Marketers have been encouraged to take a fresh look at how they engage with mothers.

April Redmond, chief marketing officer at Kerry Foods, believed she knew a lot about how to market to mums earlier in her career.

However, she stated that when she had a baby herself, she quickly became aware of how little she actually understood this market.

“I realised I knew nothing,” she observed.

Ms Redmond acknowledged that price and quality are important areas to talk about in any promotional drive, which means marketers are right to focus on these themes when they are trying to target mothers.

However, she said there are plenty of other factors that also come into play when mums are making purchasing decisions, which are being overlooked.

As a result, she believes marketers must make more of an effort to understand mothers as “well-rounded people”, rather than stick to the very narrow and specific perception they have in their minds.

The apparent disconnect between marketing professionals and mums could be partly down to the fact that females account for a very small proportion of creative directors.

Roisin Donnelly, brand director for Procter & Gamble in northern Europe, commented: “There aren’t enough female creatives and there aren’t enough creatives that are mums. If we changed this, we would do a better job.”

Rachelle Headland, managing director of shopper-marketing agency Saatchi & Saatchi X, was also insistent that marketers need to stop seeing mums as a single homogenous group.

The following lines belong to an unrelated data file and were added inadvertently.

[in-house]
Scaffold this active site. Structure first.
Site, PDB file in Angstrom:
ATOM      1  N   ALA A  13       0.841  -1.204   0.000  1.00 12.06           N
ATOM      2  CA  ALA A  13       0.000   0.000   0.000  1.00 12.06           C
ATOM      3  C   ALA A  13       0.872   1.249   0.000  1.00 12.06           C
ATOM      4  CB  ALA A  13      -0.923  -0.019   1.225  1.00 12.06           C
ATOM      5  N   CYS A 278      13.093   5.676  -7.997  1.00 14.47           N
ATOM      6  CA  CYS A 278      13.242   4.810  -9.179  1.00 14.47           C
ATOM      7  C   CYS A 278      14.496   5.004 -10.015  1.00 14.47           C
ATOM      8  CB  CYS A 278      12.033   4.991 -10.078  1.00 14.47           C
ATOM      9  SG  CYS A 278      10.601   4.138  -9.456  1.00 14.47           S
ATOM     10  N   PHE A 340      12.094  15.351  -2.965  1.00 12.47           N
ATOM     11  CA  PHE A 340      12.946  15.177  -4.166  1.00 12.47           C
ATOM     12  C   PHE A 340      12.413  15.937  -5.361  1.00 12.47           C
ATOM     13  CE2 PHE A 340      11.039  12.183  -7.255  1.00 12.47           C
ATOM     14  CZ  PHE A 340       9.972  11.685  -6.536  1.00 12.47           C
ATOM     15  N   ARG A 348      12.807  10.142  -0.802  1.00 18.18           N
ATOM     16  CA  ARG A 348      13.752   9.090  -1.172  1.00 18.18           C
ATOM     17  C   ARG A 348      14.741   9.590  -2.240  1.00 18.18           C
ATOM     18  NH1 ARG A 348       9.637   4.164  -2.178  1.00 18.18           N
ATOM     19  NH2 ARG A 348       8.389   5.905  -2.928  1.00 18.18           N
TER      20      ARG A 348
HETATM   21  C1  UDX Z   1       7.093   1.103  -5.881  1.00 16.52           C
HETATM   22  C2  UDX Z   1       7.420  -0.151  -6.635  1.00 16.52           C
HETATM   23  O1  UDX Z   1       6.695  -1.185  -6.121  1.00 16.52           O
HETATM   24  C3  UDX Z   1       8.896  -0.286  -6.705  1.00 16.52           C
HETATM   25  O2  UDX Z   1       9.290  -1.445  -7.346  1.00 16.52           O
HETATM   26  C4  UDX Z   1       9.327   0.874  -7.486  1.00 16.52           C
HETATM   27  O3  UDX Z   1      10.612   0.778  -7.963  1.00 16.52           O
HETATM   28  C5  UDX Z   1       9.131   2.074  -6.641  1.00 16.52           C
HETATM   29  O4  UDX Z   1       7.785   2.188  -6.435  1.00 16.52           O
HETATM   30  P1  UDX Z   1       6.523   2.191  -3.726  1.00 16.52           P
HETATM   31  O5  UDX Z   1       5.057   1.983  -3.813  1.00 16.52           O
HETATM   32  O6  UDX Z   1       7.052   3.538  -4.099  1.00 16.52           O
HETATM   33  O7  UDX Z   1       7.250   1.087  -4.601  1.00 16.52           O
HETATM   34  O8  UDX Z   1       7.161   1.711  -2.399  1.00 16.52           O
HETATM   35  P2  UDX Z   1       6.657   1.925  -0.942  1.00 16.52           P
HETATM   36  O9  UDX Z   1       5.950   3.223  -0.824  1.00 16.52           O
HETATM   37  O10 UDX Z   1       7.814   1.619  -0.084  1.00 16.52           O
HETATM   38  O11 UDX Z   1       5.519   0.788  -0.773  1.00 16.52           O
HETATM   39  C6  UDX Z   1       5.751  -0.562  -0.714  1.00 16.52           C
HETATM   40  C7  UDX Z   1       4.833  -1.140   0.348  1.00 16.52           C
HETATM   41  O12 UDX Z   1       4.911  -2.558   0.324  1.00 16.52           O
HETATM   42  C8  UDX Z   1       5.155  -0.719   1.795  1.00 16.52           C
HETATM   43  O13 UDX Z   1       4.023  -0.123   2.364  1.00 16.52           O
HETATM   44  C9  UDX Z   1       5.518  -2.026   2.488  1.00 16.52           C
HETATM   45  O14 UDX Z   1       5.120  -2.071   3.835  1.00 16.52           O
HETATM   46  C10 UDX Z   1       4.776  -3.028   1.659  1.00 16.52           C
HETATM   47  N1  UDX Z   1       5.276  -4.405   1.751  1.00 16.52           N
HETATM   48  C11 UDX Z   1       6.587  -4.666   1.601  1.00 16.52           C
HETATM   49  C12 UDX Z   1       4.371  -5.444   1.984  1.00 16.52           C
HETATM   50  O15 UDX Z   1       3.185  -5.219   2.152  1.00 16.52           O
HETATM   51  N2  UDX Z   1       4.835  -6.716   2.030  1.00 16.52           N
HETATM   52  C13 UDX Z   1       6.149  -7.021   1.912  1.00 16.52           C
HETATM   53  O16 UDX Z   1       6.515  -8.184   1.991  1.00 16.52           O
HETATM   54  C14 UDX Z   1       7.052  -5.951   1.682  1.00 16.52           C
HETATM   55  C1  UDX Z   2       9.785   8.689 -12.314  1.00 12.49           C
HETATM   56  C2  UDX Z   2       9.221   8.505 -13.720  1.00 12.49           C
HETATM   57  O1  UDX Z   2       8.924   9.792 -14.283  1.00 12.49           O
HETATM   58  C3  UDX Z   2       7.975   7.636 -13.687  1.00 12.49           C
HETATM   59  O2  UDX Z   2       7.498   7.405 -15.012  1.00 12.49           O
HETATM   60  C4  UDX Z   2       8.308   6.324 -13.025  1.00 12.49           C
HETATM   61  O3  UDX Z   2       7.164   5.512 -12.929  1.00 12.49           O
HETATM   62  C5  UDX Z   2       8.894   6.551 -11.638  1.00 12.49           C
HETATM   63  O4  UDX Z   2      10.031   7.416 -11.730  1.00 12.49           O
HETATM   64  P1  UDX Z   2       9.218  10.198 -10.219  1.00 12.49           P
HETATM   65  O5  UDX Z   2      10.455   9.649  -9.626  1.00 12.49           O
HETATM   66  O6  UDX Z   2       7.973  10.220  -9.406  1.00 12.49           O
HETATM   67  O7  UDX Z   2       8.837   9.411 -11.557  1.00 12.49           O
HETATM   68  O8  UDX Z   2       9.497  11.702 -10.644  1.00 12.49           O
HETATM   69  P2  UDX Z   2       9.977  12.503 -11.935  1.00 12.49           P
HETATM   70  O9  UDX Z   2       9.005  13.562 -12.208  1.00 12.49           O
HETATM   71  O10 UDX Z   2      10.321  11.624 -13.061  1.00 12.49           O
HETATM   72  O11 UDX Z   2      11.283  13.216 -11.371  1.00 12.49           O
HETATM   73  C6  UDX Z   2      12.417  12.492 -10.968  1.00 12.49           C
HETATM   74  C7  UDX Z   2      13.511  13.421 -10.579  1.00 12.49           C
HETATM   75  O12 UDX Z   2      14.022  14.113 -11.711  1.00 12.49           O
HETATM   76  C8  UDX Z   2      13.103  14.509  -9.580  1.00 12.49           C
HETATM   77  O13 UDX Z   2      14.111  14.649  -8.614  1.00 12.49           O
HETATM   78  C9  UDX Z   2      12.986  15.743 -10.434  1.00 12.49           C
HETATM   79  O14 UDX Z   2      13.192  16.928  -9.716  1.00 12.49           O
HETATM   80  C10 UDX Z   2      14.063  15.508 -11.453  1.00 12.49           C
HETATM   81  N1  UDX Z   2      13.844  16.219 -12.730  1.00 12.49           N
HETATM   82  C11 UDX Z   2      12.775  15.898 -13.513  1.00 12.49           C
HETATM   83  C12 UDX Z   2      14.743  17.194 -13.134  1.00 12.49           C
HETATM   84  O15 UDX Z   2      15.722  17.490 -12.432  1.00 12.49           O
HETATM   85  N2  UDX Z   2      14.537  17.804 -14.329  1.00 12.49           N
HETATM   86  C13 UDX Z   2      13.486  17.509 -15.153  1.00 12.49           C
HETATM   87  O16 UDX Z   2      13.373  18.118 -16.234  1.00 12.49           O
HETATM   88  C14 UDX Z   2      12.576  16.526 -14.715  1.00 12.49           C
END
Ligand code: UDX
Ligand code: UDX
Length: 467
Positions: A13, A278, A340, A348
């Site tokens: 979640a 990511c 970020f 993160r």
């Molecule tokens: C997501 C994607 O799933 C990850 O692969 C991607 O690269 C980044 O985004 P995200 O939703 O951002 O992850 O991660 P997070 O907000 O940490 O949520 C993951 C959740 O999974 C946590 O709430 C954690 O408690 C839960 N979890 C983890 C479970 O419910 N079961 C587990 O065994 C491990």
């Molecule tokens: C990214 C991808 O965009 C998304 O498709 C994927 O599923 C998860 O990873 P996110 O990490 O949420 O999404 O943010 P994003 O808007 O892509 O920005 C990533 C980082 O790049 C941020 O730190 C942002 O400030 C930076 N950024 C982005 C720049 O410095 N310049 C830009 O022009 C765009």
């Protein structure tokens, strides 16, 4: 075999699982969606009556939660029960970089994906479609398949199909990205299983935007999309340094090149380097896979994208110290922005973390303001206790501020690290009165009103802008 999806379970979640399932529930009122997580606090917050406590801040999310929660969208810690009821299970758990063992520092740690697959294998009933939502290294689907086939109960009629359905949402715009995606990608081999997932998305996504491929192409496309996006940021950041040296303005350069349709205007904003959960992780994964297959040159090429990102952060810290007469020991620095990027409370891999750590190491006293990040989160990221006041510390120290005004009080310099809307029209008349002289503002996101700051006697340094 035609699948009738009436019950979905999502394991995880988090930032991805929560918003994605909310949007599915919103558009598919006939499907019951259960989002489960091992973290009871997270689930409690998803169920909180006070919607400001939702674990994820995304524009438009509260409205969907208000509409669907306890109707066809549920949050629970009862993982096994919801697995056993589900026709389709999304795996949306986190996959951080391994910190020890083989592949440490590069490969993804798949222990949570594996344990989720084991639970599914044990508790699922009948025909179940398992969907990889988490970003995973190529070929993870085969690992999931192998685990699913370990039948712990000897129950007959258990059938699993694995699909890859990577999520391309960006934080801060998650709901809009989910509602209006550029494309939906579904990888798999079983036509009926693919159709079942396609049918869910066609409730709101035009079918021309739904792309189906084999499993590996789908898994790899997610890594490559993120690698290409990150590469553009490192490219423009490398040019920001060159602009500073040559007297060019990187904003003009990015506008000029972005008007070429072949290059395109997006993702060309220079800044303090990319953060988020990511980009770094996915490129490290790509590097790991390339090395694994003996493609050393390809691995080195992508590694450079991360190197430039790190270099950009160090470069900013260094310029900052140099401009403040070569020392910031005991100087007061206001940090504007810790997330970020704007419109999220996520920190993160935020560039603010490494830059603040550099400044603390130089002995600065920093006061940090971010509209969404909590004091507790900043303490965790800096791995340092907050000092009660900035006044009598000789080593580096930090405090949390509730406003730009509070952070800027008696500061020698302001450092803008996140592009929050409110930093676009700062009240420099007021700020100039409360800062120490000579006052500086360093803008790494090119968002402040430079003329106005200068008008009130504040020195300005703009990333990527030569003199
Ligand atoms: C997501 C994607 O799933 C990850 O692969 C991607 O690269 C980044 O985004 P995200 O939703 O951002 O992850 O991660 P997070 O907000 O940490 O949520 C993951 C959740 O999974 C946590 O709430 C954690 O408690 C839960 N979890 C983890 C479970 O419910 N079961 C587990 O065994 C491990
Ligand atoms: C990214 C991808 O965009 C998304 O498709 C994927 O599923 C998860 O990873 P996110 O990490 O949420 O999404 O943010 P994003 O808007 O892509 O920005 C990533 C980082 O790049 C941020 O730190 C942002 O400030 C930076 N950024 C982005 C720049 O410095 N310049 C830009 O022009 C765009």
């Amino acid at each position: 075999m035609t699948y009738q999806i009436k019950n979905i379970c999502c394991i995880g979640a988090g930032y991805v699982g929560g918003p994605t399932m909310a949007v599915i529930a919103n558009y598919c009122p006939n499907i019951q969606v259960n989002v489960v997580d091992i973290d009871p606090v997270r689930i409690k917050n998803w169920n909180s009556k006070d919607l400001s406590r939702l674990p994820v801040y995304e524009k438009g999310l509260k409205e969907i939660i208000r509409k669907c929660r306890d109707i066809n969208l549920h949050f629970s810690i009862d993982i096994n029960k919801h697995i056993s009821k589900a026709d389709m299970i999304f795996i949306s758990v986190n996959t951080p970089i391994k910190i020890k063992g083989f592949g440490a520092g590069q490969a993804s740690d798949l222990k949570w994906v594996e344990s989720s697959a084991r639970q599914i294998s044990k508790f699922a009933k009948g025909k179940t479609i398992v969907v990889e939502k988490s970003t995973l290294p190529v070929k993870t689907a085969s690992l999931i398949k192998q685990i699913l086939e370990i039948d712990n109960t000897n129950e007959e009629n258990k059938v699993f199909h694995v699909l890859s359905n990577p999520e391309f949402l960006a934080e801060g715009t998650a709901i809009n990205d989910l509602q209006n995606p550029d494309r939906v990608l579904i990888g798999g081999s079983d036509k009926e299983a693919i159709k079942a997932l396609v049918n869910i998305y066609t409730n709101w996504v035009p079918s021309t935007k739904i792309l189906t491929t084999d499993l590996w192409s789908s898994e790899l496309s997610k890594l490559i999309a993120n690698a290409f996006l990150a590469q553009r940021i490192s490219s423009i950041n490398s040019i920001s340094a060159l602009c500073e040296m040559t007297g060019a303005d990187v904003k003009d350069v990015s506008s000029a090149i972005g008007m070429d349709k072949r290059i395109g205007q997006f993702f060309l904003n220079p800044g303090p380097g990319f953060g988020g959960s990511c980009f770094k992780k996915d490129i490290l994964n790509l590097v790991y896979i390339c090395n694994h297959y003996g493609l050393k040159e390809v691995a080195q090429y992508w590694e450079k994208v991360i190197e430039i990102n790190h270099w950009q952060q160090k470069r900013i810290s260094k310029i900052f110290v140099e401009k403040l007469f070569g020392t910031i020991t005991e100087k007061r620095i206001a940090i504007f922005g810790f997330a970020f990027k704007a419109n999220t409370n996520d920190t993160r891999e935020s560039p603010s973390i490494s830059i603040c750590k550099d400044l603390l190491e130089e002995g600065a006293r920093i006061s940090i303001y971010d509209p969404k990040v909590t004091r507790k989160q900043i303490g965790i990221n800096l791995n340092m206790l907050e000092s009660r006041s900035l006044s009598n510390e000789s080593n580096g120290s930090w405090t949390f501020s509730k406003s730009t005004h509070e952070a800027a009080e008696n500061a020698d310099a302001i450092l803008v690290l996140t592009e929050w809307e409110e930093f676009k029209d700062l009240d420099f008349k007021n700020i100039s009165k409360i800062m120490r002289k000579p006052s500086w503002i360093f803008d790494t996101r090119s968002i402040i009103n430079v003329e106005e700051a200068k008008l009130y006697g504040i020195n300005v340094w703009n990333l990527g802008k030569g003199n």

Instead, she said they need to realise that mums are actually a complex and varied group of women.

Ms Headland stated that when the industry actually starts understanding “the woman behind the mum” and thinking of “the person rather than the role”, it will easier to find credible ways of engaging with these people.

Graeme Pitkethly, executive chairman of Unilever UK and Ireland, added that if companies want to target mothers effectively, it is worth taking a look at how they run their businesses.

“This is about more than just marketing,” he stated. “People are buying into our company, not just our brands. We have market-leading maternity and paternity policies and being family friendly is crucial.”

According to a study carried out for Marketing by FanFinders, more than one in three mothers feel as if they are being pigeonholed by brands. Meanwhile, 28 per cent of those polled said they believe lots of the marketing content aimed at mums is sexist, while 32 per cent think most of it is patronising.

Marketing to mums is broken, Marketing

Posted by Robin McCrink